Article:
Downton Abbey

By Louise Irvine

Last weekend I luxuriated in the new Downton Abbey movie and watched the aristocratic Crawley family prepare for a royal visit by King George V and Queen Mary. I was dazzled by all the Art Deco dresses and the elegant social rituals of the English landed gentry, from afternoon teas to state banquets and balls. I was also reminded of Queen Mary’s love of collecting and her importance for the British china industry.

The life and times of the aristocratic Crawley family at Downton Abbey held us spellbound at our TV sets for five years and became one of the most widely watched television drama shows in the world. Now the characters are back on the big screen with a sumptuous feast of intrigue, scandal, humor and heartbreak both upstairs and downstairs. The TV series transported us from 1912 to 1925 through a series of world events, including World War I, and their impact on life above and below stairs on a fictional country estate. The new movie is set in 1927, just after the General Strike of 1926, and the storyline suggests that the royal tour of Yorkshire was to help subdue dissent.

The royal visit provided Downton Abbey creator Julian Fellowes with a central story that would involve everyone in the excitement. Of course, there’s lots of artistic license. Highclere Castle, where the TV series and movie are set, is in Berkshire not Yorkshire, and the fortunes of this grand estate have been transformed by the success of the show. King George V and Queen Mary made a royal tour of Yorkshire in 1912, shortly after their coronation, not in 1927. Queen Mary did visit Harewood House, featured in the movie, when her daughter Princess Mary was engaged to marry Viscount Lascelles – but not for a state ball. The wedding of the Princess at Westminster Abbey in 1922 was a day of national rejoicing.

In the movie version, the servants’ hall at Downton Abbey is thrown into chaos by the ridiculous demands of a royal visit and their snooty entourage. Upstairs, the Earl and Countess of Grantham are equally excited about the honor. The disappearance of some of their favorite treasures initially had me thinking about Queen Mary’s reputation as a collector of decorative arts. Apparently, wherever she went, the Queen’s eye would alight on a piece that she admired so profusely that her hosts felt obliged to give it to her.  The Queen was a passionate and acquisitive collector throughout her life and a champion of less fashionable objets d’art such as snuff boxes, tea caddies and porcelain. Spoiler alert - fortunately she was not responsible for the missing items in the movie!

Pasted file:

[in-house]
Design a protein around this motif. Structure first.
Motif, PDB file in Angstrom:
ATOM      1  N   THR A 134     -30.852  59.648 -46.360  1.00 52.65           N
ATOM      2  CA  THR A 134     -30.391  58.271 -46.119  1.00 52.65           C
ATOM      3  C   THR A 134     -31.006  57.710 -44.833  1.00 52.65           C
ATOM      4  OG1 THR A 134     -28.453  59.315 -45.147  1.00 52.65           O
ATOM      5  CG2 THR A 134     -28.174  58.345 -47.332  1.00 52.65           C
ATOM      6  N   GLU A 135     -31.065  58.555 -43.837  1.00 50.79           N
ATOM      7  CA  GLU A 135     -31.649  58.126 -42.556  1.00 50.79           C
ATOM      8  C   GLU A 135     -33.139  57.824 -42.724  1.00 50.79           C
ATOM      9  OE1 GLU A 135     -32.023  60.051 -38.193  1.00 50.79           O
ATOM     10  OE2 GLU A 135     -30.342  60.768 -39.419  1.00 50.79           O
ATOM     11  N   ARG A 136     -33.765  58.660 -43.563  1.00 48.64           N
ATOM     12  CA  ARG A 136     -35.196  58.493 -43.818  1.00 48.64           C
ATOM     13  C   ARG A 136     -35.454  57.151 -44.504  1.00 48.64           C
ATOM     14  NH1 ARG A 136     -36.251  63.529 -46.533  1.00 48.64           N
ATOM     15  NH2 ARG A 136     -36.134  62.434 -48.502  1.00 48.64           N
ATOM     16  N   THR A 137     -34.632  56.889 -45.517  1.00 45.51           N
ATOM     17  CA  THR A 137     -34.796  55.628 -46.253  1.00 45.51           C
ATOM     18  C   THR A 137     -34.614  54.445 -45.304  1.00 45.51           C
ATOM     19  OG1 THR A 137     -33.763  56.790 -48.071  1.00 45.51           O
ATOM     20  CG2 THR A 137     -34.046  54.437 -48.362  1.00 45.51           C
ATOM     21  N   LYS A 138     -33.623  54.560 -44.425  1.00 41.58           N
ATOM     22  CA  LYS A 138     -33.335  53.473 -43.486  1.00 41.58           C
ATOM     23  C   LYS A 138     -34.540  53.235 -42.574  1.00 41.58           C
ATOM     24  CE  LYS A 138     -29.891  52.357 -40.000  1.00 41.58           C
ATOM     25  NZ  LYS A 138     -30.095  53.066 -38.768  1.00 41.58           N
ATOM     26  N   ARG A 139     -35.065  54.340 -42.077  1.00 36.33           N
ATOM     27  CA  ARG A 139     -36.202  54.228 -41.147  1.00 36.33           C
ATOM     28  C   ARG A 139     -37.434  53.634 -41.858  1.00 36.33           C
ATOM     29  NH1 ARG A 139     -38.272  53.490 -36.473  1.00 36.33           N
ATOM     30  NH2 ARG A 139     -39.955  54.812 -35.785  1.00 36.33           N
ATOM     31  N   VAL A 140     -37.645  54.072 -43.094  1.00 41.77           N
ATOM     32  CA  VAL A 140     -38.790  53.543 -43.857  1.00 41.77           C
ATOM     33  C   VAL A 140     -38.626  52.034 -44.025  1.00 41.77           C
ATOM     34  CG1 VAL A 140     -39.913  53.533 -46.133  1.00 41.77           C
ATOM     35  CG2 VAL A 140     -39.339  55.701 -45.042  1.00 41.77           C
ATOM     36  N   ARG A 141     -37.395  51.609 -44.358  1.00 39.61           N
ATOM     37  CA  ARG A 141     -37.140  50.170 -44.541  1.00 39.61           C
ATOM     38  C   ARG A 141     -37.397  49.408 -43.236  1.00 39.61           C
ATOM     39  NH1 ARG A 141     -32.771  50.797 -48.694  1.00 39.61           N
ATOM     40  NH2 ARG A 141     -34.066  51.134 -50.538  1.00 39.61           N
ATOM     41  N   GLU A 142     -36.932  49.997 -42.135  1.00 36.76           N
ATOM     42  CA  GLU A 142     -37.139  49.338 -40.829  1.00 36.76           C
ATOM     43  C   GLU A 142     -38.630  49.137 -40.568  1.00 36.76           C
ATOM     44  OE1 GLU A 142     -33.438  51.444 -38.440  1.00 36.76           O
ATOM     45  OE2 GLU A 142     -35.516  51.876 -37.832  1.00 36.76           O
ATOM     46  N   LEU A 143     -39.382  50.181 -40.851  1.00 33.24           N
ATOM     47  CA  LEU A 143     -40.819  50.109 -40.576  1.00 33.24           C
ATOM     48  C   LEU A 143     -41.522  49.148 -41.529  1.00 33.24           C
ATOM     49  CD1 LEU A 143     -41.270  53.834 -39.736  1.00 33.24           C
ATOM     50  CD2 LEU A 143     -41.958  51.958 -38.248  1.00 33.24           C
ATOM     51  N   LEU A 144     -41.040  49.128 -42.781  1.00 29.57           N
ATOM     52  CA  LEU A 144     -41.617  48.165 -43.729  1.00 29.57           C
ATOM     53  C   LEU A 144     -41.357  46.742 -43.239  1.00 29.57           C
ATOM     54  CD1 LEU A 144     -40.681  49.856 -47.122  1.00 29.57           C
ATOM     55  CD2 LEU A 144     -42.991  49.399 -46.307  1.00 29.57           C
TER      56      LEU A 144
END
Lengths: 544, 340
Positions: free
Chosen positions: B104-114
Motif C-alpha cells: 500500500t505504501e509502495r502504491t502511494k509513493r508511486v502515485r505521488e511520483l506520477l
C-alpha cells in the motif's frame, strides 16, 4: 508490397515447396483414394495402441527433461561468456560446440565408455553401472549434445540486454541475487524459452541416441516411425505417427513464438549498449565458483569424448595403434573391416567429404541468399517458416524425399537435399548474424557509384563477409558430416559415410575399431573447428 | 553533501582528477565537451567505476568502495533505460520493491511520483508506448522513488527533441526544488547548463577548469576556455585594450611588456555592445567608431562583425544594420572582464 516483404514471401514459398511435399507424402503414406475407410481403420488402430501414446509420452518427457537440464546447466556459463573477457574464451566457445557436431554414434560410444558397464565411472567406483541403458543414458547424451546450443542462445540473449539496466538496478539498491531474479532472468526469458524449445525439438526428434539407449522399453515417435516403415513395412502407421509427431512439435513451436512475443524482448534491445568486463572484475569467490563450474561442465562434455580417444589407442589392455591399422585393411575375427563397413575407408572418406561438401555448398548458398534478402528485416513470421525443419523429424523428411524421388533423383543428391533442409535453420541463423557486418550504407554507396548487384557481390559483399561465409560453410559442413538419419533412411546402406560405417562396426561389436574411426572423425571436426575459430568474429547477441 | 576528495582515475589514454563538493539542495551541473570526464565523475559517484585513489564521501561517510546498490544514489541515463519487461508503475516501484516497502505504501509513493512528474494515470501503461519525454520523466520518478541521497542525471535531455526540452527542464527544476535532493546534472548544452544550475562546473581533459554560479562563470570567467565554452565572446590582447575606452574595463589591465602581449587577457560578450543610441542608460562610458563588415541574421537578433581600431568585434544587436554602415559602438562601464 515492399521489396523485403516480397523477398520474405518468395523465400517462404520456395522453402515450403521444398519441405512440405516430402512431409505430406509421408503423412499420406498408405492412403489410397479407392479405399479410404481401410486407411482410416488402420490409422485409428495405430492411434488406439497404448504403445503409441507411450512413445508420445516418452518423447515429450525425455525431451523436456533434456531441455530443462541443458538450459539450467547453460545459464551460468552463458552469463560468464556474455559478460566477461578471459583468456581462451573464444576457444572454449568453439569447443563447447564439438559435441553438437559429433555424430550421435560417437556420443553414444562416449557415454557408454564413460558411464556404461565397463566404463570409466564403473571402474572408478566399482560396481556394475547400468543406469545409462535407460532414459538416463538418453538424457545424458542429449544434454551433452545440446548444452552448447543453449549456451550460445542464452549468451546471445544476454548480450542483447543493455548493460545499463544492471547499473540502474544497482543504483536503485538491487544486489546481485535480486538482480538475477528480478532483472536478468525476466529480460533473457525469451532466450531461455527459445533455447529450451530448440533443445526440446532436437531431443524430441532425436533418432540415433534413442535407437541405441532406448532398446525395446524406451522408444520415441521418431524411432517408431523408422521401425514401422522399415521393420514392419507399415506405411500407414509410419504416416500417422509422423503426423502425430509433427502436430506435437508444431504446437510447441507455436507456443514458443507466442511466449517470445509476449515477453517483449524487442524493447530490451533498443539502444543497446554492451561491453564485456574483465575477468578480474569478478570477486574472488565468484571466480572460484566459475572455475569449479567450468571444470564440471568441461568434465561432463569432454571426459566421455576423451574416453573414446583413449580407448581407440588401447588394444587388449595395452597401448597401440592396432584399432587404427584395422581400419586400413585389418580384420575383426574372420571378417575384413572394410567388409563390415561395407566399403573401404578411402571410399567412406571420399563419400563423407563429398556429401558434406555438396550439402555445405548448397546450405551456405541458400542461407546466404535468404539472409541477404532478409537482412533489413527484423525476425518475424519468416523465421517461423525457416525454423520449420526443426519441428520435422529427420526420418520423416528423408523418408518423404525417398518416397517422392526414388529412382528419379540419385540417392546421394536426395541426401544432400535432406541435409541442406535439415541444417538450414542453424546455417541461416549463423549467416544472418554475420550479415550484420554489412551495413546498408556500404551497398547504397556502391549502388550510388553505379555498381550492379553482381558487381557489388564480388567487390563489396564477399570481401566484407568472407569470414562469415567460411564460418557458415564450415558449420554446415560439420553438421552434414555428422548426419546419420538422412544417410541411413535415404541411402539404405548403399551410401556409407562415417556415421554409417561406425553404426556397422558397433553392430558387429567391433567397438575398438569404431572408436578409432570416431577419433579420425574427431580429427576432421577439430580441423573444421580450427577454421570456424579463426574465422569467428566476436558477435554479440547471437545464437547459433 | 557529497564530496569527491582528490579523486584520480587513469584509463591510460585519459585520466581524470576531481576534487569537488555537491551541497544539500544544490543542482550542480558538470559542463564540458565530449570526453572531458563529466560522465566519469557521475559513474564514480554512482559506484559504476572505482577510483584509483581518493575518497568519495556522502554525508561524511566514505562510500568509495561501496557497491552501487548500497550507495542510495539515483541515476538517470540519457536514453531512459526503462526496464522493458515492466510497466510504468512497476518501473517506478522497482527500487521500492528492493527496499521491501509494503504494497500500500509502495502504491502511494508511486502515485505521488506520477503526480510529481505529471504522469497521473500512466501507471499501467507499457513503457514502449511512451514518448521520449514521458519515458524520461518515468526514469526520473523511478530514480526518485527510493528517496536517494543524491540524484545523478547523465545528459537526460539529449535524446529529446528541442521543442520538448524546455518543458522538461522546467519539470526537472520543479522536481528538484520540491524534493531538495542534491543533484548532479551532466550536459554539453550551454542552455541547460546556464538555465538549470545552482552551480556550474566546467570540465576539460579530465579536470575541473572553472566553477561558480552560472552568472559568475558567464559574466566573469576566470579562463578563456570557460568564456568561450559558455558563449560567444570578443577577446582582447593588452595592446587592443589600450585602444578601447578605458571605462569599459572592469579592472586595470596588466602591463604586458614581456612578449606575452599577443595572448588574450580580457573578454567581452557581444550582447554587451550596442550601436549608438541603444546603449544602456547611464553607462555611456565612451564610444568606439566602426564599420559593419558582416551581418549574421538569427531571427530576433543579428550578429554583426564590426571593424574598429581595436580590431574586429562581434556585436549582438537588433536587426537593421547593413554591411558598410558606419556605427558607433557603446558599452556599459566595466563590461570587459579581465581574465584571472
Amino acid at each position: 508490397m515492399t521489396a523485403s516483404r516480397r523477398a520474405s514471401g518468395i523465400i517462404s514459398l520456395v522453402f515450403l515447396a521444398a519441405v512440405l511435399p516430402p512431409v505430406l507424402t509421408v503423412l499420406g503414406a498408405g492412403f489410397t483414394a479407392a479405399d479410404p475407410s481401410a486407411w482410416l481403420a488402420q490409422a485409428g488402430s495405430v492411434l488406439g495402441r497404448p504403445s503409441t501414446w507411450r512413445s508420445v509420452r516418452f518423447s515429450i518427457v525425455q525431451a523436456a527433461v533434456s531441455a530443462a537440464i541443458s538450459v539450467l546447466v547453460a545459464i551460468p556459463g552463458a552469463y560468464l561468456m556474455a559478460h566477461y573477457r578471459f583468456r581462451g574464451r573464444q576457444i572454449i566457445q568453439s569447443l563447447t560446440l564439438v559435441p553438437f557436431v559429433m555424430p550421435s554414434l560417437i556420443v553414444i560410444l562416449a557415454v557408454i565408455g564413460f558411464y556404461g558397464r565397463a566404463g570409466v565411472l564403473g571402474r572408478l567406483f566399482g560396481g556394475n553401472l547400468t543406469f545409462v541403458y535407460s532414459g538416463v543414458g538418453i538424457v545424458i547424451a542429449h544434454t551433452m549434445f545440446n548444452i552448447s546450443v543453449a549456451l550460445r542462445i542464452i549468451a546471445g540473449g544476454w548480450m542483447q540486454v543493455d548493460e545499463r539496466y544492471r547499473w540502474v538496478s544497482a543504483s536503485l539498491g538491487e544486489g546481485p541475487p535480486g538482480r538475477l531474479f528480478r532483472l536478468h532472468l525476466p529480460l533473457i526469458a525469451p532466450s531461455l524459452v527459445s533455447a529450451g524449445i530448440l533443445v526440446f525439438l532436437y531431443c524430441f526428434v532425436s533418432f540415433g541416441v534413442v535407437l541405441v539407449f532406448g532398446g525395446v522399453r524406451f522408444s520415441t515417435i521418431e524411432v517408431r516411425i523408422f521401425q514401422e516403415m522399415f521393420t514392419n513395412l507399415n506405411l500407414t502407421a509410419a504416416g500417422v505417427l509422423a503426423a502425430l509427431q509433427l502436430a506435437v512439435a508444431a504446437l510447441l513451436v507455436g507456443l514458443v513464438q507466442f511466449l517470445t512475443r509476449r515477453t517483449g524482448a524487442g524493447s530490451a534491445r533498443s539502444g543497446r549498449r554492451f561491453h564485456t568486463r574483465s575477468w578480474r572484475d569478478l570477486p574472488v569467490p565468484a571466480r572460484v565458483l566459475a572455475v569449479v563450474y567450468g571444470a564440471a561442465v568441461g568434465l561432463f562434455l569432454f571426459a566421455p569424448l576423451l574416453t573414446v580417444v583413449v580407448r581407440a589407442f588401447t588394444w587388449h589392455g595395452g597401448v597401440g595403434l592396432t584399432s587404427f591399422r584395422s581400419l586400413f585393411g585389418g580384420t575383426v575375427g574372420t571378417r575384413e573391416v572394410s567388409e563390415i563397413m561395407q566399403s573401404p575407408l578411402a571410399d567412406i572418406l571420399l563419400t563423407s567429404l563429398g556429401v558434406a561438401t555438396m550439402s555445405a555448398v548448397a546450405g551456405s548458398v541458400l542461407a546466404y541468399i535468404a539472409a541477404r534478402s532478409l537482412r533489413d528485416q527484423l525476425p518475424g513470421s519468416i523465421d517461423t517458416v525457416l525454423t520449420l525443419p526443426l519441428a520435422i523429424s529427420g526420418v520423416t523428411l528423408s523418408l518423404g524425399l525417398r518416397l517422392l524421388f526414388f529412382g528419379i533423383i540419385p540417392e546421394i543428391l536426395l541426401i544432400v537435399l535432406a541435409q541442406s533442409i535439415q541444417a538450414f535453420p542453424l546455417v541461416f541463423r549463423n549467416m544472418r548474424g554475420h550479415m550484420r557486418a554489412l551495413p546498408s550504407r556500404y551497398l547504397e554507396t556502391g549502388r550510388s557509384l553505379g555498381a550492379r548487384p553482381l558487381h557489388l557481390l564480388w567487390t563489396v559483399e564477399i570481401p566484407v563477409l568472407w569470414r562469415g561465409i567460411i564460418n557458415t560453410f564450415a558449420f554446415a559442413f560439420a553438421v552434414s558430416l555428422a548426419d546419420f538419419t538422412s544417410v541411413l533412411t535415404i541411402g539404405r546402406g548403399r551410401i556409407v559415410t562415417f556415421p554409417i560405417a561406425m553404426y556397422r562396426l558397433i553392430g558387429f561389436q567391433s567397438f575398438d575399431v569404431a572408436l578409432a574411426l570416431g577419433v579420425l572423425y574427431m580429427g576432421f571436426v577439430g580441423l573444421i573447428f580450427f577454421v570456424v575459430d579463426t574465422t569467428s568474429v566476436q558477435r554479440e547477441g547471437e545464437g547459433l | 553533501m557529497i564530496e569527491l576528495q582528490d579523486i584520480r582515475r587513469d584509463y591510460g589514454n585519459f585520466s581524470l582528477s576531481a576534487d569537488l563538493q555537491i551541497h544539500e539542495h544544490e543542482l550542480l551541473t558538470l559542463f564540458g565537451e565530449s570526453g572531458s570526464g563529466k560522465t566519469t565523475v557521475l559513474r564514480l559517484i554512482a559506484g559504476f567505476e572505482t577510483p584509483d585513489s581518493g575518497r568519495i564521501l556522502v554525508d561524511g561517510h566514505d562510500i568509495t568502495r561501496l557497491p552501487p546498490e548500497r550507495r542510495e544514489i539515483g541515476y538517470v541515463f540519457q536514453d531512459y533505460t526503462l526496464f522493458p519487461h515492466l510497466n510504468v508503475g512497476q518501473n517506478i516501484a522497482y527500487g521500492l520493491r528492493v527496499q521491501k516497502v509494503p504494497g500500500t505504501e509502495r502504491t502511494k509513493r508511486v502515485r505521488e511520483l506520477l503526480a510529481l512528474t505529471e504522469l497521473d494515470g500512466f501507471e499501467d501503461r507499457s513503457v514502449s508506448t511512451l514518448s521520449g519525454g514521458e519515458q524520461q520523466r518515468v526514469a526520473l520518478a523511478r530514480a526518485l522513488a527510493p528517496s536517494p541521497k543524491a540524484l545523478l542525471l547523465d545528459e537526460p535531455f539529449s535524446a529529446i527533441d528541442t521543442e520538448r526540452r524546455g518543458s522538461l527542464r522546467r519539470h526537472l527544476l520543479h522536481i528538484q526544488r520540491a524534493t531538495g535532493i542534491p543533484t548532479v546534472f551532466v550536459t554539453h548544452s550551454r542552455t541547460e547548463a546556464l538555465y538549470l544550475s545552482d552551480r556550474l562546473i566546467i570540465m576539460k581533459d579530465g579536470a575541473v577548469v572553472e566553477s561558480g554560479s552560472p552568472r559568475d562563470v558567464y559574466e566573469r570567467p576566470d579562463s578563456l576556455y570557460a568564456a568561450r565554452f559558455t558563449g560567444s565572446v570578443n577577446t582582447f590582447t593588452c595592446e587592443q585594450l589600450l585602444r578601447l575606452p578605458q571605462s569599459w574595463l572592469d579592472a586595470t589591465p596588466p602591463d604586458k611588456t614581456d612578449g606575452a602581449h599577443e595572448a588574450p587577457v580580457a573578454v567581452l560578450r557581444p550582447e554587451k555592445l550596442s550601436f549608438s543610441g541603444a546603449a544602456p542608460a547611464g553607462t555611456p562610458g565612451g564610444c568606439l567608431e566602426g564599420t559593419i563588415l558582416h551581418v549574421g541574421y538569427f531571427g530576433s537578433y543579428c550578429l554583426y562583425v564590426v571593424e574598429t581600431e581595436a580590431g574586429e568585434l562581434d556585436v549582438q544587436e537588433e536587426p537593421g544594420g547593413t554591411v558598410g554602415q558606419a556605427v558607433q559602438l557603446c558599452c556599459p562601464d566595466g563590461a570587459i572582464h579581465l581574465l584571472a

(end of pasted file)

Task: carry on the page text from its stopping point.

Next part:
A real royal visit to the Staffordshire Potteries in 1913 provided a great boost to the British industry which was struggling with foreign imports, and imitations of prestige products. King George and Queen Mary visited more than a dozen pottery manufacturers during their two-day visit to the region, notably Royal Doulton at Burslem. There the Queen admired the first figures in their new HN series, especially a child study which was named Darling in her honor and given the first number in the collection. Darling HN1 is on display in the Royal Doulton gallery at WMODA, together with its inspiration Bedtime, both of which were modeled by Charles Vyse.

See the film of King George and Queen Mary visiting Royal Doulton to the right.

Queen Mary became a regular visitor to the British Industry Fairs in the 1920s and made many acquisitions for the royal collection. Royal Doulton capitalized on her enthusiasm by advertising the figures she most admired. Another of the Queen’s collecting passions was tiny objets d’art and she filled endless rooms with specially lit cabinets of miniature objects. This hobby inspired Queen Mary’s Doll’s House which was designed by the distinguished architect Sir Edwin Lutyens. The idea was for the doll’s house to be a “time capsule to enable future generations to see how a King and Queen of England lived in the 20th century and what artists and craftsman of note there were doing during their reign”. The Royal Doulton factories in Stoke and London were invited to produce tiny ceramics for the kitchen and dining room. The Lambeth factory made tiny stoneware kitchen wares and storage jars and the Burslem factory produced the best royal dinner service for 18 people. The Queen’s doll’s house was exhibited at the British Empire exhibition in 1924 and was moved to Windsor Castle the following year where it continues to raise money for royal charitable funds.

The fabulous costumes worn by the cast is undoubtedly a great part of Downton Abbey’s appeal. In the movie, we can enjoy the stunning gowns worn for a royal visit in the 1920s by the Countess of Grantham, Lady Mary and Lady Edith. In many cases, costume designer Anna Robbins adapted vintage dresses from the height of flapper style in the Art Deco era. Genteel living in the stately homes of the early 1900s required several costume changes throughout the day. As well as glamorous ball gowns fit for a queen, we see afternoon tea gowns as shown in the Art of Tea exhibition at WMODA, which are on loan from Jeff and Penny Spellens. The ritual of afternoon tea was a daily part of the country house routine but not all the problems of aristocratic ladies could be solved over a nice cup of tea. It’s hard to imagine that the real-life equivalents of Lady Mary were hanging on to their grand estates by their fingertips. We watch her agonized soul searching in the movie in the knowledge that by World War Two, most of the great estates of England had been swept away for good.

See a movie clip about Queen Mary on the right.